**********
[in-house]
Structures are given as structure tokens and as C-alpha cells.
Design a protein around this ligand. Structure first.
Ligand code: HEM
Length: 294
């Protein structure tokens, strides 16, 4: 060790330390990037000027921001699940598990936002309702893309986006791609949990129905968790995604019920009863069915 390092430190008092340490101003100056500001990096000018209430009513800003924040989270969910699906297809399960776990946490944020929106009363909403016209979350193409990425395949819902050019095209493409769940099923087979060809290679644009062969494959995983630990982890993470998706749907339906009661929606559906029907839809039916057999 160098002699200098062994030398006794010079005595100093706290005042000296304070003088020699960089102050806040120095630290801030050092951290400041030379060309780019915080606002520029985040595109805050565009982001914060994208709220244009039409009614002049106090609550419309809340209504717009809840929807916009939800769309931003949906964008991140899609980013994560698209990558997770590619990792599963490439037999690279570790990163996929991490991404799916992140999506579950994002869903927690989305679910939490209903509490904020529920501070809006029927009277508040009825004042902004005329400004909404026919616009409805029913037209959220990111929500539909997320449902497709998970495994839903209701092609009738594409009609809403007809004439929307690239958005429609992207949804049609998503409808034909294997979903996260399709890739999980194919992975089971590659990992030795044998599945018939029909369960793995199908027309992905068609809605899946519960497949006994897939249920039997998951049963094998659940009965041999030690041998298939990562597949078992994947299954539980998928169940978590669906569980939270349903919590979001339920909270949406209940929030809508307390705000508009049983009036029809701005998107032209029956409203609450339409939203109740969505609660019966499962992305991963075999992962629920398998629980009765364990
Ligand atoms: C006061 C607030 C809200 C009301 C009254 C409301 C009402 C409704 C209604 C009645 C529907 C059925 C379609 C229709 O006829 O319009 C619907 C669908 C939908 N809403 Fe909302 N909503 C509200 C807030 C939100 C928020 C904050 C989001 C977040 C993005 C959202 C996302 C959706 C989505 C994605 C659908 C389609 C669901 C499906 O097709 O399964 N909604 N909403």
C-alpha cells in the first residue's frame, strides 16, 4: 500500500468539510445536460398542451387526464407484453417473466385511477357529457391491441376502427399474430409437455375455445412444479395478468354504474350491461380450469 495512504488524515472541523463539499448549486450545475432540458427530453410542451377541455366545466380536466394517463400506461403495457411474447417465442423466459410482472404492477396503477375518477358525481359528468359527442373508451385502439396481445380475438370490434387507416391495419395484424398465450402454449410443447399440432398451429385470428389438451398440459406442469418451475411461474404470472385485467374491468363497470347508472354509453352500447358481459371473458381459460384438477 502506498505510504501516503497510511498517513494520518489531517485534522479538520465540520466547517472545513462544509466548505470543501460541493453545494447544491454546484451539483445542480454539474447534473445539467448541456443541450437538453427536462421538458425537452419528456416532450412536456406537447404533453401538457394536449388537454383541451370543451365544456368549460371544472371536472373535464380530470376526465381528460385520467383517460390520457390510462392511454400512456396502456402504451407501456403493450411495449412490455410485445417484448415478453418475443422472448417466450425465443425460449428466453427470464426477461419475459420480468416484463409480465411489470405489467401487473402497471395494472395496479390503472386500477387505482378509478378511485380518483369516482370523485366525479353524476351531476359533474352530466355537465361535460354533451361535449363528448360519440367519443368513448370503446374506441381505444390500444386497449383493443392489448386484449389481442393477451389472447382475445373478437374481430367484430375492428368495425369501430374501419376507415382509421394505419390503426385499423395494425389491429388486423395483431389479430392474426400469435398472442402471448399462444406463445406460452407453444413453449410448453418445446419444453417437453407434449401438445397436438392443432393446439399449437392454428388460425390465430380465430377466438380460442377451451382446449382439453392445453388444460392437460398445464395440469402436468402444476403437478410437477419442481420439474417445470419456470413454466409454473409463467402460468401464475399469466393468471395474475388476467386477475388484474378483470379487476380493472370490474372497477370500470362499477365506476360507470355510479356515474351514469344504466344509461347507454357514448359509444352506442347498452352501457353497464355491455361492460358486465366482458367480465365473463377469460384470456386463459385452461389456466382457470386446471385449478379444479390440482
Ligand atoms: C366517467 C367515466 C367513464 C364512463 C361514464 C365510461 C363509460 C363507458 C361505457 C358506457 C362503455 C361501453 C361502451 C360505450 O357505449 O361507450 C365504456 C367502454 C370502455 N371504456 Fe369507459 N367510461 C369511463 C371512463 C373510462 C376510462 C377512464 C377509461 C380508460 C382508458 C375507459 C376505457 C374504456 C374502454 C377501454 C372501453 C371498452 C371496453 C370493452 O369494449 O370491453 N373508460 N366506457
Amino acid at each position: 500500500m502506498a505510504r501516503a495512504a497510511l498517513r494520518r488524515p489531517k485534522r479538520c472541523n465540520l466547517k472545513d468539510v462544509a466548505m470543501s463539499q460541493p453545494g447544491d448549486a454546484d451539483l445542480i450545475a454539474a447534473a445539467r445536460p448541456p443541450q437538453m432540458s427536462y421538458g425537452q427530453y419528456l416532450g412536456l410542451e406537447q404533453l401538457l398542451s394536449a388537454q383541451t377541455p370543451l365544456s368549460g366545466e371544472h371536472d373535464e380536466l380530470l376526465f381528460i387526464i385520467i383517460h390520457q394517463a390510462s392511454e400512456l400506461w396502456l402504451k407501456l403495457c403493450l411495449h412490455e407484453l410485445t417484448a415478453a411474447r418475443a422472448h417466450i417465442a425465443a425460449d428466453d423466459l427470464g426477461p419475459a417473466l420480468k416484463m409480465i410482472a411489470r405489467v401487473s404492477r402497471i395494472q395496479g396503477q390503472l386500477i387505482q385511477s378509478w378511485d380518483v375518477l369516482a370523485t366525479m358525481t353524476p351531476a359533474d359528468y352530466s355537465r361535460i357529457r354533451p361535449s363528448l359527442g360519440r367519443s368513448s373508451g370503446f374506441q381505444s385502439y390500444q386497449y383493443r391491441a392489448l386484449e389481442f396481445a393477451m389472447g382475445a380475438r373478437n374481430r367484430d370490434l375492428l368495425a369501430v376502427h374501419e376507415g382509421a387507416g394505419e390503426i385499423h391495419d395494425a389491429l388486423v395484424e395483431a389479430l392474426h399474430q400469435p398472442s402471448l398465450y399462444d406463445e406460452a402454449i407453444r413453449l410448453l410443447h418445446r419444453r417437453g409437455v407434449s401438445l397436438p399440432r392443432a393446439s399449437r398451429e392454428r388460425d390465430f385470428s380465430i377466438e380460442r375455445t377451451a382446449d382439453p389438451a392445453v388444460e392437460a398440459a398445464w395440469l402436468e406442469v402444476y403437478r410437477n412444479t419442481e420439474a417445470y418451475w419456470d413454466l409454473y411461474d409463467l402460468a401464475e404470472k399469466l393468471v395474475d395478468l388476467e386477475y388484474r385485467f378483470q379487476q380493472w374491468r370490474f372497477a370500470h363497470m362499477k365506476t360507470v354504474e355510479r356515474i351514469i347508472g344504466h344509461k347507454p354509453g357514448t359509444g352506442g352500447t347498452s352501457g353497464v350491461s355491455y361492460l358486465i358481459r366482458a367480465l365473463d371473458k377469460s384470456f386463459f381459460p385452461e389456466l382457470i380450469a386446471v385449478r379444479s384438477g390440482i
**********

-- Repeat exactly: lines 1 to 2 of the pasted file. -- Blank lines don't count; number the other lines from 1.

[in-house]
Structures are given as structure tokens and as C-alpha cells.